Rear Spring Replacement 1964 BJ8 by Hoke Smith

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I thought that replacing the rear springs of our “Annabelle” would be easy: remove seven bolts, remove spring, and replace in reverse order. I should have listened to my Momma! While trying to find a resource, or at best, instructions on the best way to accomplish this task, I came across the statement “If you are a religious person leave this task for someone else”. After reading that quote, one side of me said “maybe I can’t” but the other side of me said “I can”! Some of the best advice ever given to me occurred a long time ago when I was a second grader at Tucker Elementary and it was given to me by a wonderful non-politically correct teacher named Mrs. Keith. I was trying to do something that was very hard for me to do and she was trying to encourage me. When in exasperation I said “I can’t do it!”, she corrected me by saying “Hoke, never say I can’t . Instead, say I’ll try”. Well now for over fifty years her wonderful advice has rewarded me on many occasions.

First of all, I will explain what should happen, then, what did happen, and what tools and parts you will need to make your experience easier:

  1. Raise rear of car and place jack stands firmly under frame. Also, chock front tires in front and behind.
  2. Remove both rear wheels
  3. Soak all attaching bolts and nuts on a daily basis for several days prior to removal with liquid wrench. (I used a new product called P.B.)
  4. Place floor jack under middle of frame where it attaches to the axles and raise spring to relieve pressure. (Oh, before I forget, it is best to complete removal and replacement on one side at a time where you will have a reference in case you forget which bolt went where! This advise seems to come with maturity you know!)
  5. Remove both nuts from the rear shackles and remove shackle from spring,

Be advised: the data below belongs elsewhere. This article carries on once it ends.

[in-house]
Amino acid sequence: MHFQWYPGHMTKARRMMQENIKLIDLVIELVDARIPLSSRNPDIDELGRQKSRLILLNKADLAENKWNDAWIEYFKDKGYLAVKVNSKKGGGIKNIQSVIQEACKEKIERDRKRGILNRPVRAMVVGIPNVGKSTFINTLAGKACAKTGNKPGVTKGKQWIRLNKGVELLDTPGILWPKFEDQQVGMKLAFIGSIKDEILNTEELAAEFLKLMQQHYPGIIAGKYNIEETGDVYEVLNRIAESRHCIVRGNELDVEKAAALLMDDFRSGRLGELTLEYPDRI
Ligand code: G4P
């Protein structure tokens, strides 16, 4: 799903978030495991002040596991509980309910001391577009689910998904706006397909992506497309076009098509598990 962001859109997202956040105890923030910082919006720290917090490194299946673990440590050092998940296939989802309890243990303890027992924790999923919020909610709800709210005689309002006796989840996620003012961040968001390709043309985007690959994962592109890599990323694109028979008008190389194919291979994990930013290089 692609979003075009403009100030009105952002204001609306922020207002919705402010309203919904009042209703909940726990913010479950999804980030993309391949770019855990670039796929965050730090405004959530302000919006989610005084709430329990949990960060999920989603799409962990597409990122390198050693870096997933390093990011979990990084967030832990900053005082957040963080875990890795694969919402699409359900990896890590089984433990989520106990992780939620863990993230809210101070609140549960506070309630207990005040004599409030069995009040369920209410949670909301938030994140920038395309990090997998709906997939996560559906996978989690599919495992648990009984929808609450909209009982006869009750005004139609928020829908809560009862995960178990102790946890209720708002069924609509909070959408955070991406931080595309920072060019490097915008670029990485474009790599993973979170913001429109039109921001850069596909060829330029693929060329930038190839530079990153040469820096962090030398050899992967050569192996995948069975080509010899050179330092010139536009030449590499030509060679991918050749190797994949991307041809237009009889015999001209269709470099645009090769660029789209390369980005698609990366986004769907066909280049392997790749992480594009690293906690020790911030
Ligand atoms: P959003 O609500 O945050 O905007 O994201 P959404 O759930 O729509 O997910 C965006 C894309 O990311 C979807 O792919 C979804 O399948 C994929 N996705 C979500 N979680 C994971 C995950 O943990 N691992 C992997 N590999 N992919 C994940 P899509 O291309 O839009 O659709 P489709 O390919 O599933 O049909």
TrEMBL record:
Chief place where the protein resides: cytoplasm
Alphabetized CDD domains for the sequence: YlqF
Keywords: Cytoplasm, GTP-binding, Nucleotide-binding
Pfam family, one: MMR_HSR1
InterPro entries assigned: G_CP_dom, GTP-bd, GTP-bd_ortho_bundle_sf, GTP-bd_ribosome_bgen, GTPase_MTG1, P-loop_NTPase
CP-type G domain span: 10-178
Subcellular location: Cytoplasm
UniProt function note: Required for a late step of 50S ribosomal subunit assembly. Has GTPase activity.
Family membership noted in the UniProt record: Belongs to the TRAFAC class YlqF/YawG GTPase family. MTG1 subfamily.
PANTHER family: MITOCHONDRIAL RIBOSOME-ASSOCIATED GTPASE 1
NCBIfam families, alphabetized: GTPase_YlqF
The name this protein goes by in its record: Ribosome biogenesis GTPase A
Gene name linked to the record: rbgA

6. Remove nut and bolt from front of spring.
  7. Remove the four nuts from u-bolts attached to axle and lower spring.
  8. Prepare new spring and hardware to be reattached by inserting the four bushings at rear of springs and on to the shackles. I used white lithium grease to thoroughly lubricate all contacts on springs before  installing. By the way, when you order springs from Moss or Victoria British, (I ordered mine from the latter) , the rear bushings part # 5-340 were not included. I would also order new nuts for the shackles and a new bolt and nut for the front attachment when you order the springs.
  9. Attach spring to the front bracket but do not tighten.
  10. Raise the spring with a bottle jack and patiently attach the two u-bolts with the four nuts. Again, do not tighten.
  11. You will now see that the rear of the spring is pushed tightly against the car chassis. You can pull the spring down and attach  the shackles and bushings  by using a large c-clamp attached to  the top of the spring and the  frame extension. With shackles bolted in place, tighten all nuts and bolts and repeat on the other side.

Now, this is the way it should go if we lived in a perfect world without rust! Oh. if it were only so easy! This is where the religion from the above quote comes in. This is what really happened:

  1. I removed the nuts attaching rear shackles to rear of spring (no problem).
  2. I removed nuts from two u bolts attached to axle (no problem).
  3. I removed nut from bolt at front bracket (no problem).
  4. I tapped bolt with hammer to remove it from bracket (PROBLEM!). No amount of tapping would remove bolt. I soaked and soaked again the bolt with liquid wrench to no avail. I brought out my propane torch and heated the thing up, to no avail. I beat the Sam Hill out of the bolt and the blankity blank thing would not budge! See, now it is getting personal. The “I can” from my youth sets in, and I know that this bolt WILL be removed in a proper non-destructive manner. It is now power tool time. After sleeping on this problem for a night or two, I asked a good buddy of mine if I could borrow his air cut off tool.
  5. Using a metal cutting disk, I removed spring from bracket leaving the bushing still housed within bracket.
  6. Purchased several metal cutting blades for my sawsall and I cut the bolt on the  inside of bracket (both sides)  and removed the source of my problem.

This is what happened after forty years of  never being removed or disturbed. The front bolt and the metal sleeve that is attached to the rubber bushing became one. The bracket hole was only large enough for the bolt and the rust fused sleeve to bolt and prevented it from being removed. After I had figured out what was wrong, the problem was a snap to fix. However, this is something your Momma (or any book written) will not tell you!  Now you know.

This is one project that I am glad that I did. Annabelle now sits higher and handles better and she does not scrape on my drive. Parts required for this project are:

  • two springs
  • four nuts for rear shackles
  • bolt and nuts for the front bracket
  • bushing set for rear shackles
  • white lithium grease

Tools needed are:

  • assorted wrenches and sockets
  • cut off tool with several metal cutting blades
  • sawsall with metal cutting blade
  • large c-clamps

Good luck!